Joshua’s Law applied to today’s teenagers

How a law seen as a nuisance by teenagers can save lives.

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Photo used with permission from Danielle Scott.

Every day, an average of over 2,000 teens die on the road each year according to CDC statistics. Joshua’s Law is a series of requirements that are intended to make teen drivers safer.

Alyssa Freyman, Associate Editor

Many students today find it difficult to obtain a Class D driver’s license in Georgia, and they wonder why the process isn’t simpler. The answer lies in Joshua’s Law.

It all started in 2003. A teenager named Joshua Brown was a senior at Crown Point High School. While driving on the highway on a rainy day, he hydroplaned and crashed into a tree. On July 9, he died at the age of 17 after sustaining injuries from the car crash. His parents, Alan and LuGina, blamed the accident on Joshua’s inexperience. They believed that they hadn’t spent enough time with Joshua in the car, so he wasn’t prepared for the accident. From then on, Alan and LuGina tried to convince the Georgia Legislature to pass a law for driving safety. Preston Smith, a Georgia State Senator at the time, had introduced Senate Bill 226, also known as Joshua’s Law.

This law became active on January 1, 2007, and comes with a list of requirements a teenager must complete to get a Class D License. A teenager may apply for a Learner’s Permit at the age of 15 and must have it for a year and a day before taking the test for a Class D License. Teenagers as old as 16 year olds must take 30 hours worth of a driver’s education course to get a Class D License. Once a teenager has turned 17, they are not required to take a driving education course, although it can help reduce insurance premiums. A parent or adult with a driver’s license must be in the car with the teenager, no matter the age, for 40 hours, 6 of those hours being at night. When taking the road skills test, teenagers must pass with a minimum score of 75%.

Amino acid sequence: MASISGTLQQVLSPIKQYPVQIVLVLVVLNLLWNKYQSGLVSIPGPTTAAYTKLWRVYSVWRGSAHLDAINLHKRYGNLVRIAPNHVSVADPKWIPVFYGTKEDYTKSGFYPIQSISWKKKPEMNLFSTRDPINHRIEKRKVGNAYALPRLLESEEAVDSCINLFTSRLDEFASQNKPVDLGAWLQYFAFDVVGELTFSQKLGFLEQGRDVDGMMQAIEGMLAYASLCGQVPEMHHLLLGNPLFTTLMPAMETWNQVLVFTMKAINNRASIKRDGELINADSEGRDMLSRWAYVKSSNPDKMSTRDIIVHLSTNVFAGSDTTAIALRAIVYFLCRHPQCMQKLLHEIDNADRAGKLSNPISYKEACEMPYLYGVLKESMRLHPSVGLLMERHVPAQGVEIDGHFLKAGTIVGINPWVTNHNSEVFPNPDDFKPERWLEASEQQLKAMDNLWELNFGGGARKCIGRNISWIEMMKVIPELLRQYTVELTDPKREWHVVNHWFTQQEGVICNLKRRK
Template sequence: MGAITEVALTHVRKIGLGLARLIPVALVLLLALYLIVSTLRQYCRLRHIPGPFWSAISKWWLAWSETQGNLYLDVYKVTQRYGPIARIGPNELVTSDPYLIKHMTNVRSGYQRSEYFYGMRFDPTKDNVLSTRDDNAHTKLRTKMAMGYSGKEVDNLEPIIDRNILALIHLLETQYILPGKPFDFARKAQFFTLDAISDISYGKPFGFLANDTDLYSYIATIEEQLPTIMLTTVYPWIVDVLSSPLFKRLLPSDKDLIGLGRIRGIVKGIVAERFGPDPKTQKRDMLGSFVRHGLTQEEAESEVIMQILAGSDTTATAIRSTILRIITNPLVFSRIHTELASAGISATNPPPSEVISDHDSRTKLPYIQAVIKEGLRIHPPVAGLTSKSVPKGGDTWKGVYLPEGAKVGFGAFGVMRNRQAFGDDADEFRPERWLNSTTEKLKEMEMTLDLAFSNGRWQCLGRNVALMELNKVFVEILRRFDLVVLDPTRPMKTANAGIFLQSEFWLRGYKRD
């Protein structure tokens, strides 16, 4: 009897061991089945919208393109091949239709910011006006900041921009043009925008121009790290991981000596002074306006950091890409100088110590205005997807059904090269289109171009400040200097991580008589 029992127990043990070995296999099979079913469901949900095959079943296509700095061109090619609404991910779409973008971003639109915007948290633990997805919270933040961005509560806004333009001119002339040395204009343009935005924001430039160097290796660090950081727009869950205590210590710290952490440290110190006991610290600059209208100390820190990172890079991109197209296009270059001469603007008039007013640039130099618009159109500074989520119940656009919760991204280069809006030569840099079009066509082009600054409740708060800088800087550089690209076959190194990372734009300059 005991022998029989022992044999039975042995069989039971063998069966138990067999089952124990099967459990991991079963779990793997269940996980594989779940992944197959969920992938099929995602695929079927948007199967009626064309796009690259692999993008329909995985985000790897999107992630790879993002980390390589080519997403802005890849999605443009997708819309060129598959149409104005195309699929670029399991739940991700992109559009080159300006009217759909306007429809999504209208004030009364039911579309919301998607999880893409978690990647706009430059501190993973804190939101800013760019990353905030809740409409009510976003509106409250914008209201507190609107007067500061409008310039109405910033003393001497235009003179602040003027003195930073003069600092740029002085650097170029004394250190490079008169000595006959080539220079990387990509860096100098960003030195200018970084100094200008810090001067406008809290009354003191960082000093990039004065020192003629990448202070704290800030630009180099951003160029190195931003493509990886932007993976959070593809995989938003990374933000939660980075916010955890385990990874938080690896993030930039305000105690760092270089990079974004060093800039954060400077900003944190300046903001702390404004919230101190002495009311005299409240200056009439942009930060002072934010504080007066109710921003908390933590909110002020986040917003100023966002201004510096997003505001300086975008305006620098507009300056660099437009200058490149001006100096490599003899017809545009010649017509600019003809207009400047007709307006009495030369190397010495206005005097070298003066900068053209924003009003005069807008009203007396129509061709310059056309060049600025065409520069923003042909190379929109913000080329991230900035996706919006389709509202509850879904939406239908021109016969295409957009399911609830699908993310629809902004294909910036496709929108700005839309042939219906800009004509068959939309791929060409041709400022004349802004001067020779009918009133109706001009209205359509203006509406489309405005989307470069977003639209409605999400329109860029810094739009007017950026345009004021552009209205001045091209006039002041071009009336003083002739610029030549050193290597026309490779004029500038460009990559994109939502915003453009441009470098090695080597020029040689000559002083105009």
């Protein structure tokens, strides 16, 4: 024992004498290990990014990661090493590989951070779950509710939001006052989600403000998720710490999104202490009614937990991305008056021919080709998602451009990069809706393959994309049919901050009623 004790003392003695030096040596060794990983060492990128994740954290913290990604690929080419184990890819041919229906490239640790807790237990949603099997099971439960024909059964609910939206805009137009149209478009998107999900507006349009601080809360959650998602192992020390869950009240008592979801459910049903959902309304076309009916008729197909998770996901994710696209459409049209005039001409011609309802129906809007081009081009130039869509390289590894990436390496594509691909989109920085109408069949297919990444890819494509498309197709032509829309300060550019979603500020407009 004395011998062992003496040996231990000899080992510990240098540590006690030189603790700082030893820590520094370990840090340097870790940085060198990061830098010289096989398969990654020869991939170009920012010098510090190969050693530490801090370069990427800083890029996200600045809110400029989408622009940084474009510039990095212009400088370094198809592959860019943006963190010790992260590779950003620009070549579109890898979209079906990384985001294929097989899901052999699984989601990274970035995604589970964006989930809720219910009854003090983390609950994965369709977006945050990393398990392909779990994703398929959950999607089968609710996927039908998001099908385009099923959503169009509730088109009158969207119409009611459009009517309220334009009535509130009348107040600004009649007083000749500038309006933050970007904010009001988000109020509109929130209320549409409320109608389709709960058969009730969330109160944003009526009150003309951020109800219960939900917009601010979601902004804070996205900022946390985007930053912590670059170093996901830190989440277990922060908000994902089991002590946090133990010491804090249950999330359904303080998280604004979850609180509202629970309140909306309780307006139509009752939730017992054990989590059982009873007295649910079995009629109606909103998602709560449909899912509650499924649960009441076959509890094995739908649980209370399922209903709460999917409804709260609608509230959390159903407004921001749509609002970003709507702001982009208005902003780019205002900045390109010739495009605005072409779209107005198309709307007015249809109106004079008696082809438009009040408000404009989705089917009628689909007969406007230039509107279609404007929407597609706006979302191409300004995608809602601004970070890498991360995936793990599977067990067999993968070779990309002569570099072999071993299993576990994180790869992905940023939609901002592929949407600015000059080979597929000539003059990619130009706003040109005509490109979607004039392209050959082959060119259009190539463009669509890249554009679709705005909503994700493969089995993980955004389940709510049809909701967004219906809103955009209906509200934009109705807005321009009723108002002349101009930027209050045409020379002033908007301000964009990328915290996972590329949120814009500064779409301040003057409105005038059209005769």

When a person has received their Class D license, they are not allowed to drive between midnight and 5:00 am. Only immediate family members are allowed to be in the car with the teenager for the first six months. Once they have reached six months, they can have one other person in the car that is not immediate family. After twelve months, three people that are not immediate family members can be in the car.

Drive Smart, a drivers education program, says that Joshua’s Law has been adopted by 13 other states, and “teen driver fatalities have decreased by 60%”.

Alan and LuGina Brown are still at work, continuing to draft laws that will help new teenage drivers have more experience and reduce fatalities. Over the course of one year, there are approximately 2,000 teens die behind the wheel. Although many students complain about its requirements, Joshua’s Law could save your life.